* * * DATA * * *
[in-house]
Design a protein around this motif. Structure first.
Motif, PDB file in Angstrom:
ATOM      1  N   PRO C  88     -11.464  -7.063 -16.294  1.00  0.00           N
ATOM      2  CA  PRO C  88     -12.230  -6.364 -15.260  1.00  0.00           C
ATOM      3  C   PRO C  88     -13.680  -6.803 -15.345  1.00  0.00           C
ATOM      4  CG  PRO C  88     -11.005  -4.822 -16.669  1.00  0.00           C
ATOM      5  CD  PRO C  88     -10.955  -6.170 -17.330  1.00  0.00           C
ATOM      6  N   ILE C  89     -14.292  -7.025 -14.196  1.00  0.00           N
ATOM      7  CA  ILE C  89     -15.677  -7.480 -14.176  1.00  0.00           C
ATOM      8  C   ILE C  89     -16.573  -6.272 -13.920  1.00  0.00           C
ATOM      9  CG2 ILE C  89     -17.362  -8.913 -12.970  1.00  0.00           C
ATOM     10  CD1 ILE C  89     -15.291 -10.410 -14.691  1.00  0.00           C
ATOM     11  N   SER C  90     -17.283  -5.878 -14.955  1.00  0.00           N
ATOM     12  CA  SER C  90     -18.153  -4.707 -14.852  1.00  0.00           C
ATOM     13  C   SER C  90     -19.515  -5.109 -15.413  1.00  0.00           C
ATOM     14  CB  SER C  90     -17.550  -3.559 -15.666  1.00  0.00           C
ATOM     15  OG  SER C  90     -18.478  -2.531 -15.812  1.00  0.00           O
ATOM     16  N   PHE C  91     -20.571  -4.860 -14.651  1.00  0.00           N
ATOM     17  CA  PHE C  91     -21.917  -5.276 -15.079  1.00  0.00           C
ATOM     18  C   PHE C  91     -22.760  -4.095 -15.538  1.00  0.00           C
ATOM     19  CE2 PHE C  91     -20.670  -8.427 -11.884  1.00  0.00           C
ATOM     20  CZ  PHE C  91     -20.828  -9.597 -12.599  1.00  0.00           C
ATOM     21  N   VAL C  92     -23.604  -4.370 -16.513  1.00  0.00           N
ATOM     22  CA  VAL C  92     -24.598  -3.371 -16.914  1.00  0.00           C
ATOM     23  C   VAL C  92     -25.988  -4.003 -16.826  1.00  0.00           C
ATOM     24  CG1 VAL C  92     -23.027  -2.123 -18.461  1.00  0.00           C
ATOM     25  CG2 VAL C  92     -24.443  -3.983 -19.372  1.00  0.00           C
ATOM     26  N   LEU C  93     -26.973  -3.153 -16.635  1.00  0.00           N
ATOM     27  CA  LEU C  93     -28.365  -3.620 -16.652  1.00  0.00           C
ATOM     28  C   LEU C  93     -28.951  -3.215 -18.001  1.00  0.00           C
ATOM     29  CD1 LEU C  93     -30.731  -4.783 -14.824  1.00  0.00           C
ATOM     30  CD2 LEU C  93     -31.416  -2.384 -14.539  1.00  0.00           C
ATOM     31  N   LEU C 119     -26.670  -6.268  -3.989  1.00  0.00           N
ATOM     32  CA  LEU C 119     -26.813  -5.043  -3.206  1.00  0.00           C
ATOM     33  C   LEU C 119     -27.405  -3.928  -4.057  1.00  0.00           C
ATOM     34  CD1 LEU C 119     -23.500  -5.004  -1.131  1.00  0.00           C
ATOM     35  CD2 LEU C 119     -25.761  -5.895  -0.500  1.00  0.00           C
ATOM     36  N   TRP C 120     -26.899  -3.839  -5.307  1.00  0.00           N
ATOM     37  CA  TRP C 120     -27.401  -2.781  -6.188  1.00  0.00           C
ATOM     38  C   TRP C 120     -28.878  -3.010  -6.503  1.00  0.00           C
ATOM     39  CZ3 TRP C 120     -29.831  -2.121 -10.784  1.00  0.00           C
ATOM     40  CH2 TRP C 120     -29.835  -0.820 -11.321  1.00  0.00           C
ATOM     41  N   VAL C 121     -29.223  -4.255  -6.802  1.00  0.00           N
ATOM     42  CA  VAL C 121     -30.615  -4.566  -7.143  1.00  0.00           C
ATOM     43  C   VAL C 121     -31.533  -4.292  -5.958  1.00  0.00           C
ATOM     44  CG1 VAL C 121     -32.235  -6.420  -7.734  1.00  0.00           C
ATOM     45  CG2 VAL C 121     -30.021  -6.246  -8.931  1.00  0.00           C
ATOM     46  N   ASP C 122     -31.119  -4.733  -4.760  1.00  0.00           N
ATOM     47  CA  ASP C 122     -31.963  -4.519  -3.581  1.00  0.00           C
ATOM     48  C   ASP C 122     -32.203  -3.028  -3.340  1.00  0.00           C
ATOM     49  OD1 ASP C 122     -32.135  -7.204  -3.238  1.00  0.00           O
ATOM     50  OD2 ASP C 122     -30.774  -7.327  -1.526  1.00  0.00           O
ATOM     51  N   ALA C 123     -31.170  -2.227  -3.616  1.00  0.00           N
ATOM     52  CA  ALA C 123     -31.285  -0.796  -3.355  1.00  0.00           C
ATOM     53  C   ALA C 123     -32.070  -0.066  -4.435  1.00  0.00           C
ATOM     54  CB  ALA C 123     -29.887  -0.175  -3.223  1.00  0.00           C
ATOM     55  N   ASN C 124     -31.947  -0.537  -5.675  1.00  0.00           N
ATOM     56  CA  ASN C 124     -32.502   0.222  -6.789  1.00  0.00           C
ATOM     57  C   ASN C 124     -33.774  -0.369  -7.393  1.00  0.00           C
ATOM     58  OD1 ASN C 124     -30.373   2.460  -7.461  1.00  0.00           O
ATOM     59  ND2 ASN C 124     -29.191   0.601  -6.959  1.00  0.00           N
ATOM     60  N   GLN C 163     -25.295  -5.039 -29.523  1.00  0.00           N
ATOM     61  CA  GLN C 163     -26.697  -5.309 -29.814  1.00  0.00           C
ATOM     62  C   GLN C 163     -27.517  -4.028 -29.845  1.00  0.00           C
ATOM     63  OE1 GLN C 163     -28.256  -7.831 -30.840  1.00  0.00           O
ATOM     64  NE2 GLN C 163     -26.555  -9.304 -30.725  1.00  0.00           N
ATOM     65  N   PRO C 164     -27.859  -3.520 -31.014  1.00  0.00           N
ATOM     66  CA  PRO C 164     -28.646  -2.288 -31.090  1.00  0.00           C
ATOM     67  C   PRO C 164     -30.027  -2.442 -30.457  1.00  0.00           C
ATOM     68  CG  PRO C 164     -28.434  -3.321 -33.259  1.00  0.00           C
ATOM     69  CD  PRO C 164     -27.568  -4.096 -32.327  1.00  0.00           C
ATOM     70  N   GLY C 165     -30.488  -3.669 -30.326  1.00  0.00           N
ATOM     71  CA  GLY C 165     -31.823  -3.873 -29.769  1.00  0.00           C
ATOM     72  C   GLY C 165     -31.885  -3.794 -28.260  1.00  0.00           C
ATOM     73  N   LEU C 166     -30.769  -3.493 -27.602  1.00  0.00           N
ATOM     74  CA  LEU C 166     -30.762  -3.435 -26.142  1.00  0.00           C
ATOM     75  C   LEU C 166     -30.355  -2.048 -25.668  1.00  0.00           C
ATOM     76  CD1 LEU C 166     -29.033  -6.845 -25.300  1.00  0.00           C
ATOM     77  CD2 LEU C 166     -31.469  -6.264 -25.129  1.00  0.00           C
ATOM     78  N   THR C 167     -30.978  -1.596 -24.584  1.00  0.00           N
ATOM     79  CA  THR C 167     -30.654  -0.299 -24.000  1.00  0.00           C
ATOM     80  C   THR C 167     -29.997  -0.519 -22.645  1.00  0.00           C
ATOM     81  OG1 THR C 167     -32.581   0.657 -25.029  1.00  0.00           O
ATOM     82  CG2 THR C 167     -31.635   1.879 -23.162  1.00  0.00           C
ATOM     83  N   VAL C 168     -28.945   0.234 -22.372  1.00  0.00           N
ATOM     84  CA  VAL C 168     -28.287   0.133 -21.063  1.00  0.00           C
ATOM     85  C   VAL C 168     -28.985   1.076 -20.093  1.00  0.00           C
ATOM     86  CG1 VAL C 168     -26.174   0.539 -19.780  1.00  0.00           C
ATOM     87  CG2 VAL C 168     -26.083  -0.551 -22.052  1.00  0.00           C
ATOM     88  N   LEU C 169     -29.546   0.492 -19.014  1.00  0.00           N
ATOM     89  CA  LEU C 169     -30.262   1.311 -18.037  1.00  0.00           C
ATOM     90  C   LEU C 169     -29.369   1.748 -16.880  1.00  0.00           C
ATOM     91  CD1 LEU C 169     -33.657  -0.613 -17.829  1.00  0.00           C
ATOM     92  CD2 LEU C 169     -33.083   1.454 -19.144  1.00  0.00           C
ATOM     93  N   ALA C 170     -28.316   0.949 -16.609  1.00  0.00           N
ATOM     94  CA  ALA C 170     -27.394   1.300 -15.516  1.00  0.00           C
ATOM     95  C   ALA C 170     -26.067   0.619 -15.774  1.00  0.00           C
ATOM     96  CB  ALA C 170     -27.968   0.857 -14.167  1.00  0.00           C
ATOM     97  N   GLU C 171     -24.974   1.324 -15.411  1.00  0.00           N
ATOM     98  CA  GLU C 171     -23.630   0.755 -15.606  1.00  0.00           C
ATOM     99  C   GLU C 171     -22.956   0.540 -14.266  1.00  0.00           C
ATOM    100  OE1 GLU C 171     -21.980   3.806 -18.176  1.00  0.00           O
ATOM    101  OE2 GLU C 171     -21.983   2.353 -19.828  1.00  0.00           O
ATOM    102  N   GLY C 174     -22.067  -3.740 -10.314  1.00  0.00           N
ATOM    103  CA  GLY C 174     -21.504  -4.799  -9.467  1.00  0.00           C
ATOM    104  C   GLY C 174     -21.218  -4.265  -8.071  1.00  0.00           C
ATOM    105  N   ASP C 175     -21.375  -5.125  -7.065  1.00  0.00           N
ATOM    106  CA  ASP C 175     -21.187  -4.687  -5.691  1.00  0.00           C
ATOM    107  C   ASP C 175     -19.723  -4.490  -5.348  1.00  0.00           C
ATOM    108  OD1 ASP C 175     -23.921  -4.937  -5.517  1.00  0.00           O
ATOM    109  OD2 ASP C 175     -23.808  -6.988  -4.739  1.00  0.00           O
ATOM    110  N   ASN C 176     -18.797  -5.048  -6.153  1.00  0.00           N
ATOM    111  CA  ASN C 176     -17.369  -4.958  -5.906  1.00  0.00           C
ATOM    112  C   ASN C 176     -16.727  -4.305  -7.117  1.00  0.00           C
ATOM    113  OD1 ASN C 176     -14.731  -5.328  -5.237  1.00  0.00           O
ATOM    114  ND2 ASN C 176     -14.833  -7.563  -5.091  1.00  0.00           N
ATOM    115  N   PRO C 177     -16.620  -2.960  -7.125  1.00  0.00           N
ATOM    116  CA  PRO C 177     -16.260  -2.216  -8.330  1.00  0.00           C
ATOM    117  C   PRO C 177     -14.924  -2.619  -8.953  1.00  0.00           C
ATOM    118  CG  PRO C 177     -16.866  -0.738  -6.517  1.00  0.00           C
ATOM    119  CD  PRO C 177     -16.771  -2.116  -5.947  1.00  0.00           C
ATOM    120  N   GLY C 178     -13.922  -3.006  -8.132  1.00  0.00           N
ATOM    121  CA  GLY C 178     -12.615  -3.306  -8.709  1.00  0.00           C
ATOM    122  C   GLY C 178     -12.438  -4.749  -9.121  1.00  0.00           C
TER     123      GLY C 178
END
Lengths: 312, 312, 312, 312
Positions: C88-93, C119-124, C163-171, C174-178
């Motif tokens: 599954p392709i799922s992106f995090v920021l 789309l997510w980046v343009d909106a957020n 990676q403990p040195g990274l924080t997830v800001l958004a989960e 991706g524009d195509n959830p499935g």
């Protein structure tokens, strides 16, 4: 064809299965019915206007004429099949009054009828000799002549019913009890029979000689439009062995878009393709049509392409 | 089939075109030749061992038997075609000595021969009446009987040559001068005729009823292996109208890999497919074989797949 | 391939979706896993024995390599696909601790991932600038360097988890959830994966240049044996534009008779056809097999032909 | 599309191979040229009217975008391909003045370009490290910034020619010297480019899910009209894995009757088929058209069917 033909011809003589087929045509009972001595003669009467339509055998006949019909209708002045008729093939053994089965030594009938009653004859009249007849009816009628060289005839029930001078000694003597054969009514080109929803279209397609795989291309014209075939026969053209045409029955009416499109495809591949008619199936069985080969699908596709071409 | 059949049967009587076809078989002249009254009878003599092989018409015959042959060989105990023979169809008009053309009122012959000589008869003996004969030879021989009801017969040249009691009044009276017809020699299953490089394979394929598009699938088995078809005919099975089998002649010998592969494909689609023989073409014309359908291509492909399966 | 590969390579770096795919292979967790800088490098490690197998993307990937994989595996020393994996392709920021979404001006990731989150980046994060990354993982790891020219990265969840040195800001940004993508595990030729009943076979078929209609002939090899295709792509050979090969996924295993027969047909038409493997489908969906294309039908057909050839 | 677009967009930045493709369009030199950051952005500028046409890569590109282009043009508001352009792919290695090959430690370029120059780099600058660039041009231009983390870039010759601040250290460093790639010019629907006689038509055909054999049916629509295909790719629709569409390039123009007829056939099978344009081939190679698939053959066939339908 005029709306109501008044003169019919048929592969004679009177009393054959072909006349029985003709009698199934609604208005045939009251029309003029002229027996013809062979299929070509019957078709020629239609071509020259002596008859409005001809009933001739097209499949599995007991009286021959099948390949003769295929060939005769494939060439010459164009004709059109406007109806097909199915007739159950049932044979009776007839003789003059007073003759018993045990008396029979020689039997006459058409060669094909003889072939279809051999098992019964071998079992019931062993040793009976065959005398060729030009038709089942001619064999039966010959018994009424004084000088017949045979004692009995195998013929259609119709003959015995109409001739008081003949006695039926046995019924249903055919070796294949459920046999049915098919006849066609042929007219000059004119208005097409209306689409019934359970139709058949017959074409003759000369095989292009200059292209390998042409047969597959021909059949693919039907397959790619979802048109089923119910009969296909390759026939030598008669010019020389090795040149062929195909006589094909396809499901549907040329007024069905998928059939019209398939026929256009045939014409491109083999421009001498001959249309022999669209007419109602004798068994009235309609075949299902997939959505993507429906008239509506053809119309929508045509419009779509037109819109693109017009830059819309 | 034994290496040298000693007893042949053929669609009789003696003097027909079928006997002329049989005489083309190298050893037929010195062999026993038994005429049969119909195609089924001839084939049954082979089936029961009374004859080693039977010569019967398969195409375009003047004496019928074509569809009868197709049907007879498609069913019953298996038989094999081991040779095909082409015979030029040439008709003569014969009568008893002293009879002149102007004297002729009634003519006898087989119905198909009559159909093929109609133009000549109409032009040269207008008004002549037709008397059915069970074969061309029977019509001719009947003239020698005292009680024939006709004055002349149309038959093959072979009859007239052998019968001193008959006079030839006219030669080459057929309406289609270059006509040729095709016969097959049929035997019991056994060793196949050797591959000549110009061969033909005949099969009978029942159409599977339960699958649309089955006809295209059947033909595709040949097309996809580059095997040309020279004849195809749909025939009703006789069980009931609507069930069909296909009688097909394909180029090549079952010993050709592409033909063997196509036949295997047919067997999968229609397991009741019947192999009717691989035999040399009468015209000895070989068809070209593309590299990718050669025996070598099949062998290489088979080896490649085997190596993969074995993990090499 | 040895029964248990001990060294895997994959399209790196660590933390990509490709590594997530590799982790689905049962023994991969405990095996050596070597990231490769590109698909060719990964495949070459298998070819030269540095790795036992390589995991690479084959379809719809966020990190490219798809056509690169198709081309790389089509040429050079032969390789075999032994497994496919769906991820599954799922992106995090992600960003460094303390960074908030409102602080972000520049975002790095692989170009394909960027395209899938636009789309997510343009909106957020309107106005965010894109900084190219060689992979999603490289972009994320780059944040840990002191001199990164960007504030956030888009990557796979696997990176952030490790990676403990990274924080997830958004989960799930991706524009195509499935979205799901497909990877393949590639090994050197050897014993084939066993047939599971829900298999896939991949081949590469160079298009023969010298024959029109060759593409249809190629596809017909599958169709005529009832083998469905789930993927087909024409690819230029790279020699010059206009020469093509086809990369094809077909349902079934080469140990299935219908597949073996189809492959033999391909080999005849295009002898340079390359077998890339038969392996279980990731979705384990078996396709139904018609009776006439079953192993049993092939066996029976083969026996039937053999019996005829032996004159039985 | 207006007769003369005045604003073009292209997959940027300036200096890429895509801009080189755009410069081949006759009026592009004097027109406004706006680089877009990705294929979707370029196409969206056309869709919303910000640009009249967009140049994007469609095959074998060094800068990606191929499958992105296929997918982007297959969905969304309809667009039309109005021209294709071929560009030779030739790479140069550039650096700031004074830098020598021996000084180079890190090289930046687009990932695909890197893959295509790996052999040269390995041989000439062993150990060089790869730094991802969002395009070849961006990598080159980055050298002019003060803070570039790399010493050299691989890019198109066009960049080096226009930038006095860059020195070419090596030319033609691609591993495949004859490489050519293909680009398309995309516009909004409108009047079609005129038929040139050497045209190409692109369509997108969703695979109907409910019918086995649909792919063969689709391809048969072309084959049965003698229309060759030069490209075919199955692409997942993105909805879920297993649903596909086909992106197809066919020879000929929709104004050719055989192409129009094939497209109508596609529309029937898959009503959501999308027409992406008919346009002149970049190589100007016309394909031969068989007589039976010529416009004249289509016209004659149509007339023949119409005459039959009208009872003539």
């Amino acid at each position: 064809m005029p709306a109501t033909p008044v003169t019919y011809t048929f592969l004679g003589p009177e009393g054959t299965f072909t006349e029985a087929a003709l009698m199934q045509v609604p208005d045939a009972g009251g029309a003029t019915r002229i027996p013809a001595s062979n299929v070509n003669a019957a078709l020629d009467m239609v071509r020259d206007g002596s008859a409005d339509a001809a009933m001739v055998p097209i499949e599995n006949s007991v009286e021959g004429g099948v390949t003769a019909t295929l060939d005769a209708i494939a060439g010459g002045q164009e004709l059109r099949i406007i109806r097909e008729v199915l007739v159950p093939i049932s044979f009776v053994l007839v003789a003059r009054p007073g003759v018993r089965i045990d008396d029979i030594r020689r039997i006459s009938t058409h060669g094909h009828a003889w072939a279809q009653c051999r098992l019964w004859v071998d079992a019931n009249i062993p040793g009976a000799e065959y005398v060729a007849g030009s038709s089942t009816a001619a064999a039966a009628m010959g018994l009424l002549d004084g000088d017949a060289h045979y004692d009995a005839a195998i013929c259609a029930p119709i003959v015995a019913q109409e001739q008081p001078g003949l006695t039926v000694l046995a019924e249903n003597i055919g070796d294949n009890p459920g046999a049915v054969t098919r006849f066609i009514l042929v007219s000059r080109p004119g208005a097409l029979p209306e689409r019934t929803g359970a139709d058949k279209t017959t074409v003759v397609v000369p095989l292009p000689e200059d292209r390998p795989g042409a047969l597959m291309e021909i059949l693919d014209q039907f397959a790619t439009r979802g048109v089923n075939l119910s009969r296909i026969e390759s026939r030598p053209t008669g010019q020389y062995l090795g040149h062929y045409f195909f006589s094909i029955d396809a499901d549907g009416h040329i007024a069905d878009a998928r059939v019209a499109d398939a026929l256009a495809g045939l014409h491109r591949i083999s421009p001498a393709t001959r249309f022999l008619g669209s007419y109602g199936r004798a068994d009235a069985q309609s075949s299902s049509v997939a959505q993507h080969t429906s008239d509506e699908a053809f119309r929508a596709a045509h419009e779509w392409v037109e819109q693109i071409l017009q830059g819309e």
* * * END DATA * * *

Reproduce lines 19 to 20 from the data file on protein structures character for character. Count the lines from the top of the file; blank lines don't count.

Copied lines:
ATOM     16  N   PHE C  91     -20.571  -4.860 -14.651  1.00  0.00           N
ATOM     17  CA  PHE C  91     -21.917  -5.276 -15.079  1.00  0.00           C